Magazine article New Statesman (1996)

Hitchens, Trotsky and a Really Good Row: The Red Terror Invades a Sedate Late-Afternoon Slot

Magazine article New Statesman (1996)

Hitchens, Trotsky and a Really Good Row: The Red Terror Invades a Sedate Late-Afternoon Slot

Article excerpt

I don't usually think much of Great Lives, the Radio 4 series in which a famous person goes on about--sorry, I mean profiles--a dead famous person. There's something weird about the hagiographic format. Why not just make a decent documentary about the dead person? The programme is presented by Matthew Parris, whose waspishness I much admire. In this job, however, he acts like he's presiding over a coffee morning. Bourbon, anyone?

But perhaps someone at Radio 4 agrees that the show needs to be more combative, because the first programme in the new series (8 August, 4.30pm) was great. I turned it on in the expectation that I would be able to multitask for its duration, and my plan to book a mini-break and file several hundred yellowing bits of paper went fine for 20 minutes or so. Then--boom!--I was gripped. I gave myself entirely to Parris and his guest, Christopher Hitchens, whose subject was Leon Trotsky. Mr P and Mr H weren't getting on at all: it was leatherette briefcases at dawn. Oh, I do like a good row. The other guest, a professor of Russian history, must have wondered where to put himself.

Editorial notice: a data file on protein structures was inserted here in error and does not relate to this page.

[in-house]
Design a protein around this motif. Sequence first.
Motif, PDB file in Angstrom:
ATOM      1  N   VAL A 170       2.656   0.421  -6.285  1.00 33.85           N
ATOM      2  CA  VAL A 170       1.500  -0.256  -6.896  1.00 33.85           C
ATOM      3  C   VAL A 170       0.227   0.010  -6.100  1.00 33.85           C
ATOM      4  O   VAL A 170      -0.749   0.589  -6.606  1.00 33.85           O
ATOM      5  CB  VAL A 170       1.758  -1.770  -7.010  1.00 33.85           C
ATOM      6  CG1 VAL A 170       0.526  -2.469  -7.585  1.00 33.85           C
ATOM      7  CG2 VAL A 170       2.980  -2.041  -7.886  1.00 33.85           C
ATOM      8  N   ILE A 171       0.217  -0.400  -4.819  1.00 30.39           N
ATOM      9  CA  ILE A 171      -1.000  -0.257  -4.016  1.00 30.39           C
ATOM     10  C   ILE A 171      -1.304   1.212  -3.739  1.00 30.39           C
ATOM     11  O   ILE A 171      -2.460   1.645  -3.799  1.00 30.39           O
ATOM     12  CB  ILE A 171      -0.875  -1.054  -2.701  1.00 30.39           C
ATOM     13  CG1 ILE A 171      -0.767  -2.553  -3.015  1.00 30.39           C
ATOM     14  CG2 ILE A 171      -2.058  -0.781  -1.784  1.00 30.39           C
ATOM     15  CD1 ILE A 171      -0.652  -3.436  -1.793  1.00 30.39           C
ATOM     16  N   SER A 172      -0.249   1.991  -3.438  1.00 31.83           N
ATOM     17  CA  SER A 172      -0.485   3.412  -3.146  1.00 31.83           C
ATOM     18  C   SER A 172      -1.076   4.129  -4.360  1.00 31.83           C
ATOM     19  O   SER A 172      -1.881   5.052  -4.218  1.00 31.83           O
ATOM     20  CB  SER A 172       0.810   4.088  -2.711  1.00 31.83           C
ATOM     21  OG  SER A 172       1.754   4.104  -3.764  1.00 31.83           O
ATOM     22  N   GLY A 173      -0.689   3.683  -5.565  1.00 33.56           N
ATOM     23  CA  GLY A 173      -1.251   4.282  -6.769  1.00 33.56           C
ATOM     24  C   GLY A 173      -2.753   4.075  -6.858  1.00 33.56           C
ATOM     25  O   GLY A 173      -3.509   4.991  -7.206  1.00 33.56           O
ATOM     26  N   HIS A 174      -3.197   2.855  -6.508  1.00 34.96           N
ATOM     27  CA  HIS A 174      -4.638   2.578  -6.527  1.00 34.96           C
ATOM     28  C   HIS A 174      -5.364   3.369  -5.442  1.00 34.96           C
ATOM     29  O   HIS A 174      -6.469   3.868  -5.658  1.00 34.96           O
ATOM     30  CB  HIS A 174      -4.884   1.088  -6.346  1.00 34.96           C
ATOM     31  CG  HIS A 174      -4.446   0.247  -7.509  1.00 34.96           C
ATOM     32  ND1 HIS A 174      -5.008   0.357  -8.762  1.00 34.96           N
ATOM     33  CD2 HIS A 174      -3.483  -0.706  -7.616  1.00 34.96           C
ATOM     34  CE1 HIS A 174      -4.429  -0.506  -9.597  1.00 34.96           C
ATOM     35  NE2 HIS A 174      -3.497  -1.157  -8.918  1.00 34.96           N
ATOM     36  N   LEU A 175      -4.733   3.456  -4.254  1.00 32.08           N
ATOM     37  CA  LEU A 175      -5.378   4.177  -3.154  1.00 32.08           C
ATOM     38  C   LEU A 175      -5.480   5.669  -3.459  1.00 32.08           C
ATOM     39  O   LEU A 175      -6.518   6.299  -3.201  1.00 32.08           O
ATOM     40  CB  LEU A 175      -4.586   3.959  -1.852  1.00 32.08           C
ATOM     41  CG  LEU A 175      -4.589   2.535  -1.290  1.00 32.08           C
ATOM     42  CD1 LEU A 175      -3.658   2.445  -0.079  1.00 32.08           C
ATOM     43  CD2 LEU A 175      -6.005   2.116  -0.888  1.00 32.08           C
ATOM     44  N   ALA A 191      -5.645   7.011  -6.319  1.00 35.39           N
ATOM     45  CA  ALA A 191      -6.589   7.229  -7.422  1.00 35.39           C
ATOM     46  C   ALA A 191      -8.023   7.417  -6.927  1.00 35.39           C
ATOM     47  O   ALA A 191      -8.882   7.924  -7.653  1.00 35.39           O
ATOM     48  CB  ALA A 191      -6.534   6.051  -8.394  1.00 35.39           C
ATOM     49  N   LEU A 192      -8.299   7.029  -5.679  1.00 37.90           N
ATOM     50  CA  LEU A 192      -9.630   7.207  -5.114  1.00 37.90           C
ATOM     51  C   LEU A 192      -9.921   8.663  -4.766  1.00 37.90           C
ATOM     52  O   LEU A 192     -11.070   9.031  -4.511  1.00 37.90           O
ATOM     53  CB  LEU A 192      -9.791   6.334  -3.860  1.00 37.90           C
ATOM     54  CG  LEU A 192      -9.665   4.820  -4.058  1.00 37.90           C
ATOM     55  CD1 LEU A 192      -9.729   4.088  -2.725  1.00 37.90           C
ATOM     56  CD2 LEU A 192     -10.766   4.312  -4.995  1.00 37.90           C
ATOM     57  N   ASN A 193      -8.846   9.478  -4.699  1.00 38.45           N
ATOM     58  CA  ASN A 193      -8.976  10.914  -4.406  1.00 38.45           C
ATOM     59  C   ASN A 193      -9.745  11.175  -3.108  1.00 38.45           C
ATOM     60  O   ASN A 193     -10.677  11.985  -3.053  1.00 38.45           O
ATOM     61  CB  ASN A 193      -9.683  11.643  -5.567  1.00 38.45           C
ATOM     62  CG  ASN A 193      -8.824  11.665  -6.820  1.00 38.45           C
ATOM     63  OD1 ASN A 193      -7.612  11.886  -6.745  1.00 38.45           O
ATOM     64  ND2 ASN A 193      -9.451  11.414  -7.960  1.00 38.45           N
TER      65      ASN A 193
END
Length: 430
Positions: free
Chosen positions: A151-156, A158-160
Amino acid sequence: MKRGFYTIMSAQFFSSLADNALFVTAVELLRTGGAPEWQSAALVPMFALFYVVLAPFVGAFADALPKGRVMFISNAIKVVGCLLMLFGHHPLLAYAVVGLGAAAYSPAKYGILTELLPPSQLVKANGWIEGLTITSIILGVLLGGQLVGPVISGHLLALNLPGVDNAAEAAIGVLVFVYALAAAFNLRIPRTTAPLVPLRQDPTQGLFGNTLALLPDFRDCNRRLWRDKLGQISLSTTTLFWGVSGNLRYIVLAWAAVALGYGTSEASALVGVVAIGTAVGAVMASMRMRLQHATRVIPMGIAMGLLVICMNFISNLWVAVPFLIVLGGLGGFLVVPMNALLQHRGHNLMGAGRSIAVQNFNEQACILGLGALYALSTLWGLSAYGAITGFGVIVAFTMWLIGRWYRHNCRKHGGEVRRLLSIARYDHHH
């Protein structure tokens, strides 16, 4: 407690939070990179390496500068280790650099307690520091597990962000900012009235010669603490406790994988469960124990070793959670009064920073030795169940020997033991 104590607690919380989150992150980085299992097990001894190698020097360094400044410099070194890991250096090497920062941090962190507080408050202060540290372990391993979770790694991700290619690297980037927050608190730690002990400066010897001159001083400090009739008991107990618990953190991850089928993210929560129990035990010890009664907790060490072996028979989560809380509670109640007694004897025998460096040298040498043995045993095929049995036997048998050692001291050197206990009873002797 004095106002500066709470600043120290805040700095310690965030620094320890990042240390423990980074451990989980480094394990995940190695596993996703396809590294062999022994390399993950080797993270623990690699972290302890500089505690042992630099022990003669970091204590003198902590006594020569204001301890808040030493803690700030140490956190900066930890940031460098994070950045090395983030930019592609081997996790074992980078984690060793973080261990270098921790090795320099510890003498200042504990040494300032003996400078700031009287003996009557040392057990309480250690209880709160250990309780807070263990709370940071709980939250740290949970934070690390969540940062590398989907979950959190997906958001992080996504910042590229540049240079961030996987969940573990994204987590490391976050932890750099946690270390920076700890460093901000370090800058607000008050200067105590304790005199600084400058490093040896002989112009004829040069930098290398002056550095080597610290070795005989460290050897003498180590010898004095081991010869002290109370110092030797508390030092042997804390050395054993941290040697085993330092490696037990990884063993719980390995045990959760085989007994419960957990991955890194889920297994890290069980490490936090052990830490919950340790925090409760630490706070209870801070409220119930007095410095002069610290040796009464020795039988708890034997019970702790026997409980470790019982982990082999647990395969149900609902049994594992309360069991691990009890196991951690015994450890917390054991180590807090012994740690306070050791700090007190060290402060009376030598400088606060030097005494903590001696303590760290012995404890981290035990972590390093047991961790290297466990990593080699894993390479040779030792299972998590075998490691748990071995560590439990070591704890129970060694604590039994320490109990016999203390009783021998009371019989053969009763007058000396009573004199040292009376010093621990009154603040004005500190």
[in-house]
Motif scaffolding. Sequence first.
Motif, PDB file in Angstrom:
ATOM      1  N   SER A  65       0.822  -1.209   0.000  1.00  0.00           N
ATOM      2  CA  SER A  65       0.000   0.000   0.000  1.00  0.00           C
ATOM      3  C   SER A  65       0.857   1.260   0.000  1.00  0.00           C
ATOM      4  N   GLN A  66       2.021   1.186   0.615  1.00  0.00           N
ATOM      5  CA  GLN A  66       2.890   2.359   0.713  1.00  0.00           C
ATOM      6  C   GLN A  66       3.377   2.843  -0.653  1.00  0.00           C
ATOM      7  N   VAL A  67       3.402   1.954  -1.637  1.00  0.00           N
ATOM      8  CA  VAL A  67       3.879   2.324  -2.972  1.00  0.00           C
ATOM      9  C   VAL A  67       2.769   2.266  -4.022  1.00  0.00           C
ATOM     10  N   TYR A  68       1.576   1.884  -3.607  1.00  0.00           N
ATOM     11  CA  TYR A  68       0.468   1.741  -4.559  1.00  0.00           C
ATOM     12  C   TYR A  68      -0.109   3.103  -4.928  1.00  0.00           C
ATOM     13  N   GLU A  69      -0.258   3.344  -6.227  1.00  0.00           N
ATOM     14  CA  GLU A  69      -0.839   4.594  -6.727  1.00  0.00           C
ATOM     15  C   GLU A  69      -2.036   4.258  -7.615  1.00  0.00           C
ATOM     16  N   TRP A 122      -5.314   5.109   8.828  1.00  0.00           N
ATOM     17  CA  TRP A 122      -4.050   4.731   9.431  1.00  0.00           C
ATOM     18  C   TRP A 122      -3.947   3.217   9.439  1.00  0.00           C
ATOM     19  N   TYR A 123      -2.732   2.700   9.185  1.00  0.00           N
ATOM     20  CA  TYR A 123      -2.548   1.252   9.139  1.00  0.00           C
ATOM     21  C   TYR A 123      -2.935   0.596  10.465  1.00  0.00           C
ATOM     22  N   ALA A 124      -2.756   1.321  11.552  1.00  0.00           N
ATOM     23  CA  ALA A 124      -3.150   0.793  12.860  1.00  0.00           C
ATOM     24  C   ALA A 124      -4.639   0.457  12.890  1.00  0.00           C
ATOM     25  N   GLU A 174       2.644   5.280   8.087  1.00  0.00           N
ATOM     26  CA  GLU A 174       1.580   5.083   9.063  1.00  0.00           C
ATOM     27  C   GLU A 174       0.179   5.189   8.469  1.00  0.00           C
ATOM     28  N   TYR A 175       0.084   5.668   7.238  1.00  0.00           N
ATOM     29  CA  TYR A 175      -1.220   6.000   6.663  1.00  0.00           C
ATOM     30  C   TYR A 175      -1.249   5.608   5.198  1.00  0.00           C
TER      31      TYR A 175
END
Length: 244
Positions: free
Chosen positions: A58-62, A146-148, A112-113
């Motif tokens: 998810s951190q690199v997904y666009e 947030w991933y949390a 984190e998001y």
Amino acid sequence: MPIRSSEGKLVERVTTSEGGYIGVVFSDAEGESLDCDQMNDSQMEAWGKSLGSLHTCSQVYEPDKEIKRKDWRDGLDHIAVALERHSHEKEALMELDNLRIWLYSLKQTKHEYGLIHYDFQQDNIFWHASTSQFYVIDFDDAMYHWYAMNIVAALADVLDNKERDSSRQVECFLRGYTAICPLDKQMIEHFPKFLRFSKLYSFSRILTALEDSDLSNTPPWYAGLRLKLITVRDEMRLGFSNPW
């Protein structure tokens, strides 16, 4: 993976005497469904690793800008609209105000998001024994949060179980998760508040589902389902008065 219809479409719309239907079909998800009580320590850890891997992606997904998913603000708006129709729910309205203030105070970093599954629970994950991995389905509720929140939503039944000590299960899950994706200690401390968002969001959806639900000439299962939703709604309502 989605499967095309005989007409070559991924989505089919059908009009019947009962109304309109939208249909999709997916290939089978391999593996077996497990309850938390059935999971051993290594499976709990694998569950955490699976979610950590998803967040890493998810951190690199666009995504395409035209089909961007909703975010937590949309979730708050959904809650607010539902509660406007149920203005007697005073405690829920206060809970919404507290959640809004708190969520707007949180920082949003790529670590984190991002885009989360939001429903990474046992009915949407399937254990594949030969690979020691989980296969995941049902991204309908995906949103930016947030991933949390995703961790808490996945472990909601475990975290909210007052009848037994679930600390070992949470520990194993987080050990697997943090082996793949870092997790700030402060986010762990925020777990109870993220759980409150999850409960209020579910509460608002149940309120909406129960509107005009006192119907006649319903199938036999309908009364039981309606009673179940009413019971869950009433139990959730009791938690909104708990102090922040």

If you ask me, Hitchens had picked he of the small, round glasses and the absolute commitment to the use of state terror simply to be contrary. "I could have chosen someone furry like George Orwell," he said. "But I thought that would be cheating slightly. So I chose a total monster instead." (OK, I made the last sentence up.) He then praised Trotsky for his journalism ("a tremendous war correspondent") and for being an "exemplar of the non-fatalist Jew". Eh? Parris did not respond. Instead, he noted that Hitchens had made a success of his own journalistic career "despite being born in Portsmouth". He added that, in recent years, his guest had departed the shores of the left, but that it isn't yet clear "where he's departed to". …

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